That night on the western flank of the Confederate lines, came the beginning of the end. From Johnston comes a dispatch to Wade Hampton who is on the Hillsboro Road. Hampton calls on Captain Rawlins Lowndes and gives him the note and orders him to take a white flag and deliver it across the lines to Kilpatrick’s headquarters in Morrisville. He arrives there at midnight running first into pickets of the 9th Pennsylvania. He carries Johnston’s letter to Sherman which suggested for a truce to negotiate terms. Kilpatrick asked Lowndes to stay the evening and return to his command tomorrow which the Confederate officer accepted. The course of conversation is pleasant and continues throughout the evening until it turns to past battles. Lowndes rubbed in the disgrace which Kilpatrick faced in early March, at Monroe’s Crossroads, where the Union commander was surprised in bed (not alone) while his command was surprised on the battlefield. The Blue troopers in turn reminded the arrogant Confederate of the running of the Rebels at the engagement at Aiken, South Carolina. The exchange went on until Lowndes had enough and issued a challenge to the blasted Yankees,”Well, General, I will make you the following proposition, and I will pledge myself that General Hampton will carry it out in every respect. You, with your staff, take fifteen hundred men, and General Hampton, with his staff, will meet you with a thousand men, all to be armed with the saber alone. The two parties will be drawn up mounted in regimental formations, opposite to each other, and at a signal to be agreed upon will charge. That will settle the question which are the best men.” Kilpatrick thanked the captain for his offer but declined Once the response came from Sherman, Lowndes returned to Confederate lines and delivered the agreement for an armistice to Hampton, who in turn sent it to Johnston’s headquarters.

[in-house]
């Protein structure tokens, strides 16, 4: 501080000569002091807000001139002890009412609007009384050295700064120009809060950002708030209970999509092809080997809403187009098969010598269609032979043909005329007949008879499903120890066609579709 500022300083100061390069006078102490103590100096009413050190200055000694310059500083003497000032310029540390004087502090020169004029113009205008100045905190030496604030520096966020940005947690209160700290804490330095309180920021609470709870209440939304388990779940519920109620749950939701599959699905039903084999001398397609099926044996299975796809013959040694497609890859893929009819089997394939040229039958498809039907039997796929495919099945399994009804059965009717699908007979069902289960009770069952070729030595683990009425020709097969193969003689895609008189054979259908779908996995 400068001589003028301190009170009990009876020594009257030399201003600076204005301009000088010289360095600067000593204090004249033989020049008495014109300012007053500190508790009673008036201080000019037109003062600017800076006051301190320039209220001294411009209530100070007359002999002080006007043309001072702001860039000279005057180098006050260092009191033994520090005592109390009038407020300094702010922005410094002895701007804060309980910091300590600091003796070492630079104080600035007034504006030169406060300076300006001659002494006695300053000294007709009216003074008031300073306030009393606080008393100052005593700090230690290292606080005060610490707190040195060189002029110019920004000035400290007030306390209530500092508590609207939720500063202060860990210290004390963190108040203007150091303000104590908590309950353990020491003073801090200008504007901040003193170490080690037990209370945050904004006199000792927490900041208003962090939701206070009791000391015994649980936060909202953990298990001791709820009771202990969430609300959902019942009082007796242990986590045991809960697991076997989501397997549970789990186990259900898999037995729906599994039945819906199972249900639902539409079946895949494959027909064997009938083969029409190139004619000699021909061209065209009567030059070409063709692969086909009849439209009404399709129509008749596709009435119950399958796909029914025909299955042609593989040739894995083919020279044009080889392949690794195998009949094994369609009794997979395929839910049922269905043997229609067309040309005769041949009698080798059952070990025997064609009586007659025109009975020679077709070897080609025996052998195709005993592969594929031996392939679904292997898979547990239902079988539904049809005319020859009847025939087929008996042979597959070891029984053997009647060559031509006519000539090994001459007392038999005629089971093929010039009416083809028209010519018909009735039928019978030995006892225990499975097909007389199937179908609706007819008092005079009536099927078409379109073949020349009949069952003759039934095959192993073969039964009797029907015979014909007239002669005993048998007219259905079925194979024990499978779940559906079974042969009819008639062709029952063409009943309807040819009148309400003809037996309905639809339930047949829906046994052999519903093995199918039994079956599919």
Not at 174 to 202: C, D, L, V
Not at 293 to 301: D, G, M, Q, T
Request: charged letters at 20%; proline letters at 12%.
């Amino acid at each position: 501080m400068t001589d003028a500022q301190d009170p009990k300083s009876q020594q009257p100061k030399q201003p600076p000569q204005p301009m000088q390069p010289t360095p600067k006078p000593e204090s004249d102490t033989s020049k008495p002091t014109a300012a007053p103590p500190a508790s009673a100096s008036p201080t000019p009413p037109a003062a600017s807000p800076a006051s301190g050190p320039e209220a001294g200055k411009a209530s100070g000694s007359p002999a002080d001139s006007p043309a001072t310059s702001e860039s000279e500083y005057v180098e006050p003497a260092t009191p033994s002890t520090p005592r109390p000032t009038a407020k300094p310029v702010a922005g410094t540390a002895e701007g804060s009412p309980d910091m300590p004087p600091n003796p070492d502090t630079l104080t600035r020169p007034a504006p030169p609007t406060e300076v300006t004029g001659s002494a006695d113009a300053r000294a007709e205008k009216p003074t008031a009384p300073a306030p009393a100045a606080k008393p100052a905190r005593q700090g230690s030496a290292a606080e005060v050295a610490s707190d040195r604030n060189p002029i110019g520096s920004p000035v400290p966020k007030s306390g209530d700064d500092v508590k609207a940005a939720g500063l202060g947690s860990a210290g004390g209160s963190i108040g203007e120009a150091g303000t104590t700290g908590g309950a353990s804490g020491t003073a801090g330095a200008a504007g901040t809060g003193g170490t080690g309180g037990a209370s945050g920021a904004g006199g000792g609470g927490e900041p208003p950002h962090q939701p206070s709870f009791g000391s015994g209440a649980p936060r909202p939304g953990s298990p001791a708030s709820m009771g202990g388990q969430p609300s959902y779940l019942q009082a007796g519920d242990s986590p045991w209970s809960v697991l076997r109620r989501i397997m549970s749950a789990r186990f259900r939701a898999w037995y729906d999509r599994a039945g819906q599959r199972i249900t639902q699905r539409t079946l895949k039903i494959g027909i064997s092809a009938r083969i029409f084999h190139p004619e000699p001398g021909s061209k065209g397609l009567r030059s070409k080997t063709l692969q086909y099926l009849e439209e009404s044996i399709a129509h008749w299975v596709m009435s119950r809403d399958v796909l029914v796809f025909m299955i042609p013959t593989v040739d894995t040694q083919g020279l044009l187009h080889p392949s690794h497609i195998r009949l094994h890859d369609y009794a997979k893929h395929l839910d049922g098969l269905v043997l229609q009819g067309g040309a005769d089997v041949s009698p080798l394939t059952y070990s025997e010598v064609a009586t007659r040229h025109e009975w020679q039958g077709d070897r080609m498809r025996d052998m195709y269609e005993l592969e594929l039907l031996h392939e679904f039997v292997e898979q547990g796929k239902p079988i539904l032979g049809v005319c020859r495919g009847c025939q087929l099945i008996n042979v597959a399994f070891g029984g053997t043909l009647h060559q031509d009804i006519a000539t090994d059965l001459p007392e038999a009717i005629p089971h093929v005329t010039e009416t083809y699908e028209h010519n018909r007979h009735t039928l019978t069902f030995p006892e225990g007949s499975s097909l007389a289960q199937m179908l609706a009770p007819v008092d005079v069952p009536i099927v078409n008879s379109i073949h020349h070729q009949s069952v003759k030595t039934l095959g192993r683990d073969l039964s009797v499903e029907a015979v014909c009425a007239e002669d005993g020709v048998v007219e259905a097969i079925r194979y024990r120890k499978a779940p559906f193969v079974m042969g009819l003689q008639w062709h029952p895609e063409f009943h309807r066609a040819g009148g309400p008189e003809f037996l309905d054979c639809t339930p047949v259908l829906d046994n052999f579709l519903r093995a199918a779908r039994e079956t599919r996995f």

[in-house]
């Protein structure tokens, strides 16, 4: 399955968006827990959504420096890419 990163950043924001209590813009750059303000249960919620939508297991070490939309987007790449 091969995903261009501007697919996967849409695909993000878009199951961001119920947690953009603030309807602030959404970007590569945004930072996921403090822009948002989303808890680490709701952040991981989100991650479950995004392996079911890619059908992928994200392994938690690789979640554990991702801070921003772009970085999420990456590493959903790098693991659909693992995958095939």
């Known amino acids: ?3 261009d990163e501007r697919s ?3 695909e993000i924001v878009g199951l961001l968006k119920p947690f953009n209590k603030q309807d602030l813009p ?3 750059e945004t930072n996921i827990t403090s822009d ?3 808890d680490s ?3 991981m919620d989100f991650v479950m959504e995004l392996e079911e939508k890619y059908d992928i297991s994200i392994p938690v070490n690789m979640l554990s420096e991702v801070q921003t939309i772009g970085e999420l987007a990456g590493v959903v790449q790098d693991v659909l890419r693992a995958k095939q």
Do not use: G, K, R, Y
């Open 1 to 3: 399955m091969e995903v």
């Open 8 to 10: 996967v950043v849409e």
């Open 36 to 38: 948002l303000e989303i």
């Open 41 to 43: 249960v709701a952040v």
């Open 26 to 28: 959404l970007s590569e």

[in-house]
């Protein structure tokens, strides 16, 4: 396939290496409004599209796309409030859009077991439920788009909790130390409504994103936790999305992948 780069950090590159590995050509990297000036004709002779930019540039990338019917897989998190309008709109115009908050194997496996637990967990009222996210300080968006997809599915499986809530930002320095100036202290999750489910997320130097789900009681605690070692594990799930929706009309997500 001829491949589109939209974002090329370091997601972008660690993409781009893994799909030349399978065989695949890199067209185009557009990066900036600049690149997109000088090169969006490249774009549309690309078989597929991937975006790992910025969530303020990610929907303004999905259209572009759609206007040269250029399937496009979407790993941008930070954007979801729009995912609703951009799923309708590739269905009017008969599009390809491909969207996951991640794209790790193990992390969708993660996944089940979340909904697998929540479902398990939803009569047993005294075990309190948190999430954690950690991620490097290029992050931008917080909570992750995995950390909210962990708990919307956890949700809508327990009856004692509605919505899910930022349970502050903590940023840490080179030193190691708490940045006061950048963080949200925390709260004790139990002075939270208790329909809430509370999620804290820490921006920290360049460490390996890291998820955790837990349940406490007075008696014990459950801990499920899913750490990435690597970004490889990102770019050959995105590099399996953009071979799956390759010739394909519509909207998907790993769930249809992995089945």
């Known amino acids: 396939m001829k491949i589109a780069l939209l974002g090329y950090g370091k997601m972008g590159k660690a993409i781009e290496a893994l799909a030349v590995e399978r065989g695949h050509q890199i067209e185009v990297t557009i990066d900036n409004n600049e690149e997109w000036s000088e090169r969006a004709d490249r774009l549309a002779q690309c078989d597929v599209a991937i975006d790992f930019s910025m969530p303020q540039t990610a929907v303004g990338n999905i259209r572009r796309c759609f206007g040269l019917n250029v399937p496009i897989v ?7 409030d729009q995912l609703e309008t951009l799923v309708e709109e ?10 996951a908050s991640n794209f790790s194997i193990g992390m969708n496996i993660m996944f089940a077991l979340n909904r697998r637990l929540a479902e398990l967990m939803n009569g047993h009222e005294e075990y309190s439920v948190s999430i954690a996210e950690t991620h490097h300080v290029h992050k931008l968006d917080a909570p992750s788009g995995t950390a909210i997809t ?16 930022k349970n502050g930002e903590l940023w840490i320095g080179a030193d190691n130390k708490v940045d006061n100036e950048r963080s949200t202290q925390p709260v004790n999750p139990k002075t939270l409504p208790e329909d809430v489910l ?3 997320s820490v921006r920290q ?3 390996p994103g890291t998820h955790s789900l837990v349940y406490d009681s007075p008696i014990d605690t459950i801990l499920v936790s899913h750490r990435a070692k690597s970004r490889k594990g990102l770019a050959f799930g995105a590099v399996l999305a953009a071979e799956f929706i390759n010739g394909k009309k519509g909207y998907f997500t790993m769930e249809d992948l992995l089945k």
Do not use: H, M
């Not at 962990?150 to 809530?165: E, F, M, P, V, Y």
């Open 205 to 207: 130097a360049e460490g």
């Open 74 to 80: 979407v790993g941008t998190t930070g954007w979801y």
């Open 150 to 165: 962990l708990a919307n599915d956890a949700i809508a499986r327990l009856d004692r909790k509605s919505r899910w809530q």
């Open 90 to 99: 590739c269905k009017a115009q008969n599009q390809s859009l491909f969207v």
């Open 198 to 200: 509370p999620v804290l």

On the morning of the of 14th of April, the Federal cavalry split in Morrisville to follow the divided Confederate columns. General Kilpatrick with the 1st Division headed north following Hampton and General Smith D. Atkins took his 2nd Division west via Chapel Hill following General Wheeler. The troops under Hampton had quite an easy day with plenty of forage available. But Wheeler would have a totally different morning. About a mile past the Federal pickets the Confederate force was found stubbornly defending the road. Atkins ordered the 10th Ohio to charge and drove the Rebel cavalry back nearly four miles, “kiled Several rebls lose 1 man.” Stories that have been handed down from generation to generation of family who lived in this area tell of the carnage of the engagement and being able to walk distances on the corpses of dead horses without touching the ground.
After this Atkins received the command of “halt” from Kilpatrick. The second division pulls
back a mile, sets up barricades, and goes into camp after moving only several miles from Morrisville.
Wheeler had placed his “pickets extending to cover all roads south for thirty miles.” in order to prevent
Sherman from moving undetected toward Charlotte and Johnston’s line of retreat.
The next day April 15th, Atkins would move on to fight his last skirmish with the Confederate cavalry
over New Hope Creek and eleven days later the war would be over for them with Johnston’s surrender
to Sherman at the Bennett house outside of Durham.
The area which is still in good condition is a section of the Confederate works on the first day. It consists of several rifle pits on the side facing the Federals on April 13. This same area contains rifle pits dug by occupying Union forces which are facing the opposite direction.
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Maps of Morrisville